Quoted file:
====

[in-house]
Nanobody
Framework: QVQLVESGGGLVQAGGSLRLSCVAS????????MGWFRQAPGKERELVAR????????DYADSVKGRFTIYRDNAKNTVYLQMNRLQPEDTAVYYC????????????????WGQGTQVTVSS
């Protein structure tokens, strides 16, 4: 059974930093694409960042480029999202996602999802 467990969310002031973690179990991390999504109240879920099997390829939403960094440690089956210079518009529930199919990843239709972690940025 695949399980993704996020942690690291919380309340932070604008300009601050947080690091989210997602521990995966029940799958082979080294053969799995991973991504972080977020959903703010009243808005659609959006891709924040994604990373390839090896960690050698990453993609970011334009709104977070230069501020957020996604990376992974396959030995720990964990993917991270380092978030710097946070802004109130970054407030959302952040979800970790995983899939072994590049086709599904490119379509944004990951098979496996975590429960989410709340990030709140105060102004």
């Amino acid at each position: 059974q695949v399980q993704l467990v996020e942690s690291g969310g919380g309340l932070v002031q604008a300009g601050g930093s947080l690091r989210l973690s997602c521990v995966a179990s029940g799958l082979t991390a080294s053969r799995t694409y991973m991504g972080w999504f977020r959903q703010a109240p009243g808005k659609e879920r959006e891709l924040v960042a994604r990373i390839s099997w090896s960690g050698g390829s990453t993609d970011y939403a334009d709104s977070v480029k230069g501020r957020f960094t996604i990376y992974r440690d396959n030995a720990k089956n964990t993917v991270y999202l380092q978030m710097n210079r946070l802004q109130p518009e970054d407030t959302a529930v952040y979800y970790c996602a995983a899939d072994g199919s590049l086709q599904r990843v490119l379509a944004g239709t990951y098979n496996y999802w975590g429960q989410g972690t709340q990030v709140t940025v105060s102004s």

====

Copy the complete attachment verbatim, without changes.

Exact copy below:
[in-house]
Nanobody
Framework: QVQLVESGGGLVQAGGSLRLSCVAS????????MGWFRQAPGKERELVAR????????DYADSVKGRFTIYRDNAKNTVYLQMNRLQPEDTAVYYC????????????????WGQGTQVTVSS
């Protein structure tokens, strides 16, 4: 059974930093694409960042480029999202996602999802 467990969310002031973690179990991390999504109240879920099997390829939403960094440690089956210079518009529930199919990843239709972690940025 695949399980993704996020942690690291919380309340932070604008300009601050947080690091989210997602521990995966029940799958082979080294053969799995991973991504972080977020959903703010009243808005659609959006891709924040994604990373390839090896960690050698990453993609970011334009709104977070230069501020957020996604990376992974396959030995720990964990993917991270380092978030710097946070802004109130970054407030959302952040979800970790995983899939072994590049086709599904490119379509944004990951098979496996975590429960989410709340990030709140105060102004």
């Amino acid at each position: 059974q695949v399980q993704l467990v996020e942690s690291g969310g919380g309340l932070v002031q604008a300009g601050g930093s947080l690091r989210l973690s997602c521990v995966a179990s029940g799958l082979t991390a080294s053969r799995t694409y991973m991504g972080w999504f977020r959903q703010a109240p009243g808005k659609e879920r959006e891709l924040v960042a994604r990373i390839s099997w090896s960690g050698g390829s990453t993609d970011y939403a334009d709104s977070v480029k230069g501020r957020f960094t996604i990376y992974r440690d396959n030995a720990k089956n964990t993917v991270y999202l380092q978030m710097n210079r946070l802004q109130p518009e970054d407030t959302a529930v952040y979800y970790c996602a995983a899939d072994g199919s590049l086709q599904r990843v490119l379509a944004g239709t990951y098979n496996y999802w975590g429960q989410g972690t709340q990030v709140t940025v105060s102004s």